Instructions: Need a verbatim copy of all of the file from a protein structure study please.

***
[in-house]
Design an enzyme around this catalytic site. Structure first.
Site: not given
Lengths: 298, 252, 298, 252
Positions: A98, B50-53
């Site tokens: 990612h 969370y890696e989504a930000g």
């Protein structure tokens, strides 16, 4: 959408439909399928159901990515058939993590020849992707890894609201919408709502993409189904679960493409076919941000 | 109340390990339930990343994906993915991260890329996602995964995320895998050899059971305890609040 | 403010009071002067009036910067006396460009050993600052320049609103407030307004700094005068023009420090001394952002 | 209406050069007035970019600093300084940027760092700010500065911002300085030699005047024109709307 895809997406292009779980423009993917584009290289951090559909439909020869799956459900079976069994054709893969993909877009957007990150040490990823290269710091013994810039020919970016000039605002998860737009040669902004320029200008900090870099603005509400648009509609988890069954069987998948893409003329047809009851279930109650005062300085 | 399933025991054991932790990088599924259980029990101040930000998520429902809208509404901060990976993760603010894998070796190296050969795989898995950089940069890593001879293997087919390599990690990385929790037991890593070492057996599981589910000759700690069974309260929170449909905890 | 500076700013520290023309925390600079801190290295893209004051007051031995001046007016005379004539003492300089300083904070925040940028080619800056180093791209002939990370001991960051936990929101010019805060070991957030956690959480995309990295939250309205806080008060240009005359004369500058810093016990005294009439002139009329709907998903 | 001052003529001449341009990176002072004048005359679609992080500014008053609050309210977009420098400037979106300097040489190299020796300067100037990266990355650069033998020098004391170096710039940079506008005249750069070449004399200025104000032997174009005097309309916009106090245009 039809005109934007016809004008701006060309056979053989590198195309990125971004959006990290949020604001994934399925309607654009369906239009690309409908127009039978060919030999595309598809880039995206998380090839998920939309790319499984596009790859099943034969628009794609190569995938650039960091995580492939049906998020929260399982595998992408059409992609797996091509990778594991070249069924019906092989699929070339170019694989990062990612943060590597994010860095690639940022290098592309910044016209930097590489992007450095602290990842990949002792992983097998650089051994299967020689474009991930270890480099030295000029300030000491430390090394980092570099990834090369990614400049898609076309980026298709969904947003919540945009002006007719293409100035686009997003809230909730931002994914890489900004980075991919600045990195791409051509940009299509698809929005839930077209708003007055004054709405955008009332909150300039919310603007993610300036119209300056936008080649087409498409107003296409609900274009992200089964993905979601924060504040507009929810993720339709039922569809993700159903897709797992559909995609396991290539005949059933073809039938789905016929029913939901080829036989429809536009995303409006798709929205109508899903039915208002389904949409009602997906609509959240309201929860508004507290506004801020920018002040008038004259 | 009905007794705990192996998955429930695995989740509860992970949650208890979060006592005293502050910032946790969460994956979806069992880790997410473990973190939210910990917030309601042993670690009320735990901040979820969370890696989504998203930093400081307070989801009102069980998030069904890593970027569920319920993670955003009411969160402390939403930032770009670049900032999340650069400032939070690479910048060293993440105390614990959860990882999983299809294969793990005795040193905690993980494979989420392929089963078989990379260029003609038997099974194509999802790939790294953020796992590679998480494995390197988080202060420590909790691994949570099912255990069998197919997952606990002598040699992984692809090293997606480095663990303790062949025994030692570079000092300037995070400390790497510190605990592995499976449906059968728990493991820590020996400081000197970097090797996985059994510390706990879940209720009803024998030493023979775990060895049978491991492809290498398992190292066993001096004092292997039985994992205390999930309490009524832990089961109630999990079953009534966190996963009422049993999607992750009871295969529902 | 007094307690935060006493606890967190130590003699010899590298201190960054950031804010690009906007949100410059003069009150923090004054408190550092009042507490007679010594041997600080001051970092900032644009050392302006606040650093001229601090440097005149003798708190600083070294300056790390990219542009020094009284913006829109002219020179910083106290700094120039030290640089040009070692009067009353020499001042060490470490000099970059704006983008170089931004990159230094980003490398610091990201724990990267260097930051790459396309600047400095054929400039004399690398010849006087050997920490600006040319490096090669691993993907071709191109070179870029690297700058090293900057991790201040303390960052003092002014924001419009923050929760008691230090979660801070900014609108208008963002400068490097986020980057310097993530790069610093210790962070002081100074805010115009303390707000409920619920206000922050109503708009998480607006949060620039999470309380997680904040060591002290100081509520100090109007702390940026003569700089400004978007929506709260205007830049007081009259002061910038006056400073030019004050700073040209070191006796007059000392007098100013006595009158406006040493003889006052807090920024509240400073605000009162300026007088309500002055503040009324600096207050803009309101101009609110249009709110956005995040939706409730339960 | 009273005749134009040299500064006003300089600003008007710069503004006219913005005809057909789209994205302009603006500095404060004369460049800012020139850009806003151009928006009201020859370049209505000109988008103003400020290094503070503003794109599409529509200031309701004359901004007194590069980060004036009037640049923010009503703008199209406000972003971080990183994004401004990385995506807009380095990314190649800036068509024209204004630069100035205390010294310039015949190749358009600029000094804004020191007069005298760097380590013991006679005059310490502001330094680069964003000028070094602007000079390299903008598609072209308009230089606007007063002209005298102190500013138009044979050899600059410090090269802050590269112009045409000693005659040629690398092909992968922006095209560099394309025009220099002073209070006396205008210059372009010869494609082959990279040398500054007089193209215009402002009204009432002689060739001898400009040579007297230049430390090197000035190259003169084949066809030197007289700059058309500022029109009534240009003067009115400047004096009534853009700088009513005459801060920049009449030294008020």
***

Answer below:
[in-house]
Design an enzyme around this catalytic site. Structure first.
Site: not given
Lengths: 298, 252, 298, 252
Positions: A98, B50-53
């Site tokens: 990612h 969370y890696e989504a930000g």
């Protein structure tokens, strides 16, 4: 959408439909399928159901990515058939993590020849992707890894609201919408709502993409189904679960493409076919941000 | 109340390990339930990343994906993915991260890329996602995964995320895998050899059971305890609040 | 403010009071002067009036910067006396460009050993600052320049609103407030307004700094005068023009420090001394952002 | 209406050069007035970019600093300084940027760092700010500065911002300085030699005047024109709307 895809997406292009779980423009993917584009290289951090559909439909020869799956459900079976069994054709893969993909877009957007990150040490990823290269710091013994810039020919970016000039605002998860737009040669902004320029200008900090870099603005509400648009509609988890069954069987998948893409003329047809009851279930109650005062300085 | 399933025991054991932790990088599924259980029990101040930000998520429902809208509404901060990976993760603010894998070796190296050969795989898995950089940069890593001879293997087919390599990690990385929790037991890593070492057996599981589910000759700690069974309260929170449909905890 | 500076700013520290023309925390600079801190290295893209004051007051031995001046007016005379004539003492300089300083904070925040940028080619800056180093791209002939990370001991960051936990929101010019805060070991957030956690959480995309990295939250309205806080008060240009005359004369500058810093016990005294009439002139009329709907998903 | 001052003529001449341009990176002072004048005359679609992080500014008053609050309210977009420098400037979106300097040489190299020796300067100037990266990355650069033998020098004391170096710039940079506008005249750069070449004399200025104000032997174009005097309309916009106090245009 039809005109934007016809004008701006060309056979053989590198195309990125971004959006990290949020604001994934399925309607654009369906239009690309409908127009039978060919030999595309598809880039995206998380090839998920939309790319499984596009790859099943034969628009794609190569995938650039960091995580492939049906998020929260399982595998992408059409992609797996091509990778594991070249069924019906092989699929070339170019694989990062990612943060590597994010860095690639940022290098592309910044016209930097590489992007450095602290990842990949002792992983097998650089051994299967020689474009991930270890480099030295000029300030000491430390090394980092570099990834090369990614400049898609076309980026298709969904947003919540945009002006007719293409100035686009997003809230909730931002994914890489900004980075991919600045990195791409051509940009299509698809929005839930077209708003007055004054709405955008009332909150300039919310603007993610300036119209300056936008080649087409498409107003296409609900274009992200089964993905979601924060504040507009929810993720339709039922569809993700159903897709797992559909995609396991290539005949059933073809039938789905016929029913939901080829036989429809536009995303409006798709929205109508899903039915208002389904949409009602997906609509959240309201929860508004507290506004801020920018002040008038004259 | 009905007794705990192996998955429930695995989740509860992970949650208890979060006592005293502050910032946790969460994956979806069992880790997410473990973190939210910990917030309601042993670690009320735990901040979820969370890696989504998203930093400081307070989801009102069980998030069904890593970027569920319920993670955003009411969160402390939403930032770009670049900032999340650069400032939070690479910048060293993440105390614990959860990882999983299809294969793990005795040193905690993980494979989420392929089963078989990379260029003609038997099974194509999802790939790294953020796992590679998480494995390197988080202060420590909790691994949570099912255990069998197919997952606990002598040699992984692809090293997606480095663990303790062949025994030692570079000092300037995070400390790497510190605990592995499976449906059968728990493991820590020996400081000197970097090797996985059994510390706990879940209720009803024998030493023979775990060895049978491991492809290498398992190292066993001096004092292997039985994992205390999930309490009524832990089961109630999990079953009534966190996963009422049993999607992750009871295969529902 | 007094307690935060006493606890967190130590003699010899590298201190960054950031804010690009906007949100410059003069009150923090004054408190550092009042507490007679010594041997600080001051970092900032644009050392302006606040650093001229601090440097005149003798708190600083070294300056790390990219542009020094009284913006829109002219020179910083106290700094120039030290640089040009070692009067009353020499001042060490470490000099970059704006983008170089931004990159230094980003490398610091990201724990990267260097930051790459396309600047400095054929400039004399690398010849006087050997920490600006040319490096090669691993993907071709191109070179870029690297700058090293900057991790201040303390960052003092002014924001419009923050929760008691230090979660801070900014609108208008963002400068490097986020980057310097993530790069610093210790962070002081100074805010115009303390707000409920619920206000922050109503708009998480607006949060620039999470309380997680904040060591002290100081509520100090109007702390940026003569700089400004978007929506709260205007830049007081009259002061910038006056400073030019004050700073040209070191006796007059000392007098100013006595009158406006040493003889006052807090920024509240400073605000009162300026007088309500002055503040009324600096207050803009309101101009609110249009709110956005995040939706409730339960 | 009273005749134009040299500064006003300089600003008007710069503004006219913005005809057909789209994205302009603006500095404060004369460049800012020139850009806003151009928006009201020859370049209505000109988008103003400020290094503070503003794109599409529509200031309701004359901004007194590069980060004036009037640049923010009503703008199209406000972003971080990183994004401004990385995506807009380095990314190649800036068509024209204004630069100035205390010294310039015949190749358009600029000094804004020191007069005298760097380590013991006679005059310490502001330094680069964003000028070094602007000079390299903008598609072209308009230089606007007063002209005298102190500013138009044979050899600059410090090269802050590269112009045409000693005659040629690398092909992968922006095209560099394309025009220099002073209070006396205008210059372009010869494609082959990279040398500054007089193209215009402002009204009432002689060739001898400009040579007297230049430390090197000035190259003169084949066809030197007289700059058309500022029109009534240009003067009115400047004096009534853009700088009513005459801060920049009449030294008020």